"Think Again" About American Heart Month

February is American Heart Month. Since its inception in 1964, American Heart Month has done much to increase awareness about cardiovascular disease  and how to prevent it. As a result, improvements in heart disease prevalence and mortality rates are being made each year. 

For example, 2014 statistics from the American Heart Association report that on average, one person dies every 40 seconds from heart disease, an improvement from 39 seconds in 2012.1 That said, heart disease is still the number one killer in the United States, killing 787,650 Americans each year - that's 1 in every 3 deaths. 1

Certain Populations are at a Greater Risk for Heart Disease

While the overall statistics about heart disease are staggering by themselves, the facts related to womenBlack Americans  and Hispanic Americans are even more concerning. 

Here are just a few examples:

  • Black Americans are at greater risk for cardiovascular disease and stroke than White Americans.1
  • Black Americans are 2 times more likely than White Americans to be diagnosed with diabetes and 1.5 times more likely to be diagnosed with hypertension-important risk factors for heart disease.2
  • An estimated 30% of adult Hispanics have diabetes,4 but nearly half don’t realize it.1 Untreated, diabetes can lead to serious complications, including cardiovascular disease and renal failure.3
  • Among Latino Americans age 20 and older, 77.5% of men and 75.1% of women are overweight - an important risk factor for heart disease.4
  • Heart disease is the leading cause of death for women in the United States, killing more women than all cancers combined.1
  • Almost two-thirds (64%) of women who die suddenly of coronary heart disease have no previous symptoms.5

Think Again: Optimizing Heart Failure Management to Reduce Disparities in Outcomes

The prevalence of heart disease and related conditions in women, Black Americans and Hispanic/Latino Americans is compounded by the fact that these populations are also less likely to receive life-saving treatments than Caucasian males. This is why Close the Gap is dedicated to broadening the discussion about equitable cardiovascular care.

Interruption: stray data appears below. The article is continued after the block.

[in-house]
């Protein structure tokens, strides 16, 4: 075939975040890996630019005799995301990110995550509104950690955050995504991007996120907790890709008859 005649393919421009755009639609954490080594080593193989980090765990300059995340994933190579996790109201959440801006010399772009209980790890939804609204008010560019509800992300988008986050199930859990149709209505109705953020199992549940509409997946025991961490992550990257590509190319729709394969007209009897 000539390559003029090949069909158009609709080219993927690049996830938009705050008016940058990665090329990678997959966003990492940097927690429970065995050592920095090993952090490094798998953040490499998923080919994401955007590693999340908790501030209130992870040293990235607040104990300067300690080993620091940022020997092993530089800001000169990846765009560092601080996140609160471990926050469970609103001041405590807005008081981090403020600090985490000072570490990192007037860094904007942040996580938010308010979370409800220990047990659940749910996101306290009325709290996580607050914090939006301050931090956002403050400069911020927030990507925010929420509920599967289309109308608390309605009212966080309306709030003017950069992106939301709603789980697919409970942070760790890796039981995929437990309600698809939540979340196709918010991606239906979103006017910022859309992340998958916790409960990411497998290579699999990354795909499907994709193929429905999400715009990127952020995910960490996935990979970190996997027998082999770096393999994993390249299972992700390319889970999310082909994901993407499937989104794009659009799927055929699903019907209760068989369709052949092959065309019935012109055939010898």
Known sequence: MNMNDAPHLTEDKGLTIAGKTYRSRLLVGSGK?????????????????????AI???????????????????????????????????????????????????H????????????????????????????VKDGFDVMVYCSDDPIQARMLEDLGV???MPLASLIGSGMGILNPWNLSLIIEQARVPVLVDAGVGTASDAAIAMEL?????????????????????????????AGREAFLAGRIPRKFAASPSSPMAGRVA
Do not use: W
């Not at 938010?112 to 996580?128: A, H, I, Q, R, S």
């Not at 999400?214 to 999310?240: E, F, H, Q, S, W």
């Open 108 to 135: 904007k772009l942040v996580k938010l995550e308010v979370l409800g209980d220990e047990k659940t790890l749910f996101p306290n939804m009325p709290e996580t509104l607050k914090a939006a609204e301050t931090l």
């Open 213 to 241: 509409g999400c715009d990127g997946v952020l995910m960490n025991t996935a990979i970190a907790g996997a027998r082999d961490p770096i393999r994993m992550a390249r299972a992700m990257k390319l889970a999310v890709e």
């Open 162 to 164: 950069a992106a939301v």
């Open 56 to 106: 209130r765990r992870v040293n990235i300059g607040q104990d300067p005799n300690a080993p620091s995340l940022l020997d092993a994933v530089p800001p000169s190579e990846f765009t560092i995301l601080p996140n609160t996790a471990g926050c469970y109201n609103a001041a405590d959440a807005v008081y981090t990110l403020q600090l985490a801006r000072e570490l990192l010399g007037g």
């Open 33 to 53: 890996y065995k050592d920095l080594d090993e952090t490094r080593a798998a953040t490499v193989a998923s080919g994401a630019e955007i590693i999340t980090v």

In 2013, we launched our "Think Again"  toolkit. The educational materials and resources included in the kit were designed to help Health Care Professionals (HCPs) consistently follow current heart failure treatment guidelines, educate patients regarding risk factors, reduce racial/ethnic disparities and provide better patient care for everyone. The Association of Black Cardiologists (ABC) endorsed the patient exam room poster and the National Medical Association (NMA) endorsed the complete toolkit. 

Both the ABC and the NMA received grants to launch projects that will educate their members about the "Think Again" toolkit in 2014. Close the Gap is also launching targeted geographical pilots of the program. 

We're dedicated to increasing equitable cardiovascular care for all patients throughout the year, not just during American Heart Month! Follow our progress: Join our network

 


1 Go AS, Mozaffarian D, Roger VL, et al. Heart Disease and Stroke Statistics - 2014 Update: A Report from the American Heart Association. Circulation. 2014; 129: e28-e292.

2 American Heart Association. Heart disease and stroke statistics 2010 update. Available at www.americanheart.org.

3 Mosca L, Linfante A, Benjamin E, et al. National study of physician awareness and adherence to cardiovascular disease prevention guidelines. Circulation. 2005;111:499-510.

4 American Heart Association. Statistical fact sheet. 2012 update. Hispanics/Latinos & Cardiovascular Disease.

5 Zipes D, Wellens H. Sudden cardiac death. Circulation. 1998;98:2334-2551.

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